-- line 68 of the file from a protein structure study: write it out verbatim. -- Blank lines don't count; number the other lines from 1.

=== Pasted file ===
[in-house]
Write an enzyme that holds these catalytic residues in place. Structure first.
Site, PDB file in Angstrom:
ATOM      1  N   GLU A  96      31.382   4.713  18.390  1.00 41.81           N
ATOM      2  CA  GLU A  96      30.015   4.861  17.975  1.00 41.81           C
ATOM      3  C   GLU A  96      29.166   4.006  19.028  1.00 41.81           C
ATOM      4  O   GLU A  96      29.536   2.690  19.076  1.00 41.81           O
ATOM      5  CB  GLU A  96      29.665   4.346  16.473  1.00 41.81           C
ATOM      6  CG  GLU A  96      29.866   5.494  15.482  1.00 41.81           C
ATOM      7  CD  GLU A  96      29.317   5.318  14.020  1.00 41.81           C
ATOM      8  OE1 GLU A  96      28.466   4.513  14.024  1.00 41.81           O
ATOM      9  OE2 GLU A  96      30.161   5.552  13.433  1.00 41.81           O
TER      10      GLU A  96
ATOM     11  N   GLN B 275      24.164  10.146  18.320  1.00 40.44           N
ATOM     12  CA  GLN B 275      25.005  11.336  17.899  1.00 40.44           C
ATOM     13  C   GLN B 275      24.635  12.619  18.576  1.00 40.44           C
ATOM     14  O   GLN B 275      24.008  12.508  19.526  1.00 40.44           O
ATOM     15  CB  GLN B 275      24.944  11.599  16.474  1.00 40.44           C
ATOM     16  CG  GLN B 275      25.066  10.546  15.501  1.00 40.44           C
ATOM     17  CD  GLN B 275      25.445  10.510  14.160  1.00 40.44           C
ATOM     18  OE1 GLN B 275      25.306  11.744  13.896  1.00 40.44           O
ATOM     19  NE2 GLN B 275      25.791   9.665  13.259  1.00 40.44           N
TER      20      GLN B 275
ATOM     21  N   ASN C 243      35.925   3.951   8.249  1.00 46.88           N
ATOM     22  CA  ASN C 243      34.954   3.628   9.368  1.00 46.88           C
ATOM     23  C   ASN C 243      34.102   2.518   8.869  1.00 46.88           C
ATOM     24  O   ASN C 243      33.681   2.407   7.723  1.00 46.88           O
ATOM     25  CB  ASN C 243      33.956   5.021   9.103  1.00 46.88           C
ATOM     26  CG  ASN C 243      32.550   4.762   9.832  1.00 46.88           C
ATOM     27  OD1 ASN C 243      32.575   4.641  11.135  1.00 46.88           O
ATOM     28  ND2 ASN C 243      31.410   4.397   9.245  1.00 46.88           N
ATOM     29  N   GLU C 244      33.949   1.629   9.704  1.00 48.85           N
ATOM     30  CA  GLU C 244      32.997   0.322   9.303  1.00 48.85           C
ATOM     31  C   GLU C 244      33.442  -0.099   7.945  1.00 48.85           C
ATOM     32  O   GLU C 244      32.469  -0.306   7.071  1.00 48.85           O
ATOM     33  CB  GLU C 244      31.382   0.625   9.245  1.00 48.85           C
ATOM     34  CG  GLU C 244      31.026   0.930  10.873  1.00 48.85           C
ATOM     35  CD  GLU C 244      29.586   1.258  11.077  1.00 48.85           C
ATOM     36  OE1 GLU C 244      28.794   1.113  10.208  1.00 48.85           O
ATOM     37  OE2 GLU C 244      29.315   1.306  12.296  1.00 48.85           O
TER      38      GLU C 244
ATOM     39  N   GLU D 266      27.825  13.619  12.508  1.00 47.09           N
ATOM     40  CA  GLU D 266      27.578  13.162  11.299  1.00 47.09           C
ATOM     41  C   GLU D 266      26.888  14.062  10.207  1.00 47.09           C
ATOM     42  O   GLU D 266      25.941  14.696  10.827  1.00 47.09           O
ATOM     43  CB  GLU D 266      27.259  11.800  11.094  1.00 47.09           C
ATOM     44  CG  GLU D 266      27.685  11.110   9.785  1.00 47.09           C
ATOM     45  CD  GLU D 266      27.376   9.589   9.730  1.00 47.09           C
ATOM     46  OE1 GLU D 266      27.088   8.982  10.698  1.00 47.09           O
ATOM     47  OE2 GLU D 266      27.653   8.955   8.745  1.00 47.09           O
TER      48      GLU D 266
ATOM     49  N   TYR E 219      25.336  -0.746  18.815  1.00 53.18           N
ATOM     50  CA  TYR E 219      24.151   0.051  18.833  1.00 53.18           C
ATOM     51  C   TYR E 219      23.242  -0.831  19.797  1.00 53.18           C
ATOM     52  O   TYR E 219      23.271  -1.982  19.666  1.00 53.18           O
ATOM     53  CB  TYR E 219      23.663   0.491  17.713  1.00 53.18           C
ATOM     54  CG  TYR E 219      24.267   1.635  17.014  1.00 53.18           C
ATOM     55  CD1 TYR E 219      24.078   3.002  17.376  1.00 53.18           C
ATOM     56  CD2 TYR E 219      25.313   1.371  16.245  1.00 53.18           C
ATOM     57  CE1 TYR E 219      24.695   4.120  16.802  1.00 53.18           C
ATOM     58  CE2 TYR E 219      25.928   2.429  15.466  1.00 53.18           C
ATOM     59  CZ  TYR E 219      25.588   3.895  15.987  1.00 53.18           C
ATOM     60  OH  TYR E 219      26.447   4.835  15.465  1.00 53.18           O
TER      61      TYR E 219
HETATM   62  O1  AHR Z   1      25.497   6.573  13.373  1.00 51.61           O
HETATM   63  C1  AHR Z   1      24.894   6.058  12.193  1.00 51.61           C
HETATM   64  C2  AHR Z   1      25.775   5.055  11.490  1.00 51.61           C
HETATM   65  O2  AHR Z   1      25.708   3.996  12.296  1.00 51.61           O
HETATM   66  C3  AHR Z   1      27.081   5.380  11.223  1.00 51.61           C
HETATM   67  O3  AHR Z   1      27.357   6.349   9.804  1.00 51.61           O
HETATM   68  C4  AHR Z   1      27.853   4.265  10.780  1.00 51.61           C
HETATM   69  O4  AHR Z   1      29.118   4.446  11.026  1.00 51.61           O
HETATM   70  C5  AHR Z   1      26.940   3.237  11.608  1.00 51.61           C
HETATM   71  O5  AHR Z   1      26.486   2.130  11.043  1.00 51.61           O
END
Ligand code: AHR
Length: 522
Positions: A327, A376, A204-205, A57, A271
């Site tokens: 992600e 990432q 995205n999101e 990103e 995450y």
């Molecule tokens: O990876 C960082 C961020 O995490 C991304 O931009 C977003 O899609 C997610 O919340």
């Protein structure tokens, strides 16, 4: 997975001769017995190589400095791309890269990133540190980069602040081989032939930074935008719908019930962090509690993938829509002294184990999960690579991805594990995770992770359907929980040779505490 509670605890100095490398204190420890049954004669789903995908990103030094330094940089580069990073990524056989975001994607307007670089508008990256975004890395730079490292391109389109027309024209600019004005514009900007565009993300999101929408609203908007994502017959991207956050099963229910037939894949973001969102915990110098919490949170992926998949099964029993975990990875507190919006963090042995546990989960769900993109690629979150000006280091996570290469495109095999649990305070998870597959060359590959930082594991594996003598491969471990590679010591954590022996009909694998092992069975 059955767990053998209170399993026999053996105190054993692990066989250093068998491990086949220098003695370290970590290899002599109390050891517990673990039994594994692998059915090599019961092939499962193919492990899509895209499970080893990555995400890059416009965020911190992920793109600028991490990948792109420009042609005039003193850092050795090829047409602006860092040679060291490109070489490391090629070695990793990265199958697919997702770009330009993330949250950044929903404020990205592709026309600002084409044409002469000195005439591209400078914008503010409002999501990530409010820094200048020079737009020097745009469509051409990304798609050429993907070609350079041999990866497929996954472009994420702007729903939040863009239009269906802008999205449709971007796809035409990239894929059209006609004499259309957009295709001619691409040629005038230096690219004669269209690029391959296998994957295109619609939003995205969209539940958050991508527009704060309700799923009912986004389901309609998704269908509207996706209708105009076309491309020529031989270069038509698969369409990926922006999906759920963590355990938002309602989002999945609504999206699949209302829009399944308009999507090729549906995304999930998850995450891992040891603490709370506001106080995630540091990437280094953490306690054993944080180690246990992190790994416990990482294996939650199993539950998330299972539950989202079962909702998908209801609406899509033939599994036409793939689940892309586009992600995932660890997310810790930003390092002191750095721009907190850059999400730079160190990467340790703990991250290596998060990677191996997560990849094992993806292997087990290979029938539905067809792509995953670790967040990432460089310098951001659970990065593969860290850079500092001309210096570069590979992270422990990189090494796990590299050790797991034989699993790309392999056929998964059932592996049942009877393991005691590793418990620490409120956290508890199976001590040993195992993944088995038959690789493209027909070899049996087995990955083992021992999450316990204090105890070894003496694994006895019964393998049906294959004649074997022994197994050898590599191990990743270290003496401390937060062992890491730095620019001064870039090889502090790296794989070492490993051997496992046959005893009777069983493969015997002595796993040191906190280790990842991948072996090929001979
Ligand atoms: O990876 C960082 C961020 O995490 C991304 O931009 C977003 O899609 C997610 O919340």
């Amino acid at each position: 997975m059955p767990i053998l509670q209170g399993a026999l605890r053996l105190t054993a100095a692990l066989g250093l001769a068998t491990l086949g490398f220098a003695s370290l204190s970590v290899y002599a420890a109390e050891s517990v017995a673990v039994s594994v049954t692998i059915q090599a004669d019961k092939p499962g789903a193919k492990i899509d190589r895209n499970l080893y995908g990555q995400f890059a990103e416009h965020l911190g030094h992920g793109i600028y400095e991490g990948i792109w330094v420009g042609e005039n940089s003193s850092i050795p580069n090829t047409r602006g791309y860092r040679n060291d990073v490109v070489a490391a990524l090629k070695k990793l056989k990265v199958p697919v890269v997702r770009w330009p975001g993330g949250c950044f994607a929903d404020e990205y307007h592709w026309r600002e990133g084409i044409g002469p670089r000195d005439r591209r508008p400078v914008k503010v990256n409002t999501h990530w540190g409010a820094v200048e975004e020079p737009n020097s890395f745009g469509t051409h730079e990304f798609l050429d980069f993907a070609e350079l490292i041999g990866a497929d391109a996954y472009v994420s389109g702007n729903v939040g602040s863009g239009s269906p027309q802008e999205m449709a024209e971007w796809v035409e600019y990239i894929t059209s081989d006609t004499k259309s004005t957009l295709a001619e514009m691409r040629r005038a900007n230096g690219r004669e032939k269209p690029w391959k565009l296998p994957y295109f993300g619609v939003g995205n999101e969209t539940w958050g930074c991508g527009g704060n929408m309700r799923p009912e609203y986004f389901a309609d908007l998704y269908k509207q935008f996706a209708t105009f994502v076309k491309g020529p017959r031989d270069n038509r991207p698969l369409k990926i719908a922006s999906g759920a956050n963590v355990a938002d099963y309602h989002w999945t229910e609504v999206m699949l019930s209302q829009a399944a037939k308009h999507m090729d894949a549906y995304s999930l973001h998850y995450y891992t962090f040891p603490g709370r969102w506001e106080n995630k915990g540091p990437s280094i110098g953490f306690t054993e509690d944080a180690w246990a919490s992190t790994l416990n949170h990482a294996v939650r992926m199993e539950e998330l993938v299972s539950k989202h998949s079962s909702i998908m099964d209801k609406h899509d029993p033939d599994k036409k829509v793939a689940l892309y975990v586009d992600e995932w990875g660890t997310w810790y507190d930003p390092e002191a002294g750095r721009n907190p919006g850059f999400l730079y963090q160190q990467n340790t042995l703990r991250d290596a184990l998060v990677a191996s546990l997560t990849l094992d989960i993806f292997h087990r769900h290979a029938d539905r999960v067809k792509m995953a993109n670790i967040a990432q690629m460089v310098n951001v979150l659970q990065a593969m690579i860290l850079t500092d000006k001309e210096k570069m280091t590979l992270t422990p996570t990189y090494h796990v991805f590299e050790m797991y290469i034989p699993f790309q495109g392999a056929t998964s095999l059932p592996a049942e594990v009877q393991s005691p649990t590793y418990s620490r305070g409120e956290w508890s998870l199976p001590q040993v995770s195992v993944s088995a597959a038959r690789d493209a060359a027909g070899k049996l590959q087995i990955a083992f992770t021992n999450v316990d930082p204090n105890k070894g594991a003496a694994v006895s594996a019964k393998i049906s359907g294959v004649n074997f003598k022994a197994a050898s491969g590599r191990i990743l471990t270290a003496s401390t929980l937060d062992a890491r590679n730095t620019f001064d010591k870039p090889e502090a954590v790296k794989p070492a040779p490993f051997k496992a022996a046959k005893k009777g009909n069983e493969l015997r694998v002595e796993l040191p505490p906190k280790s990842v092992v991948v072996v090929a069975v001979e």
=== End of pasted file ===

HETATM   65  O2  AHR Z   1      25.708   3.996  12.296  1.00 51.61           O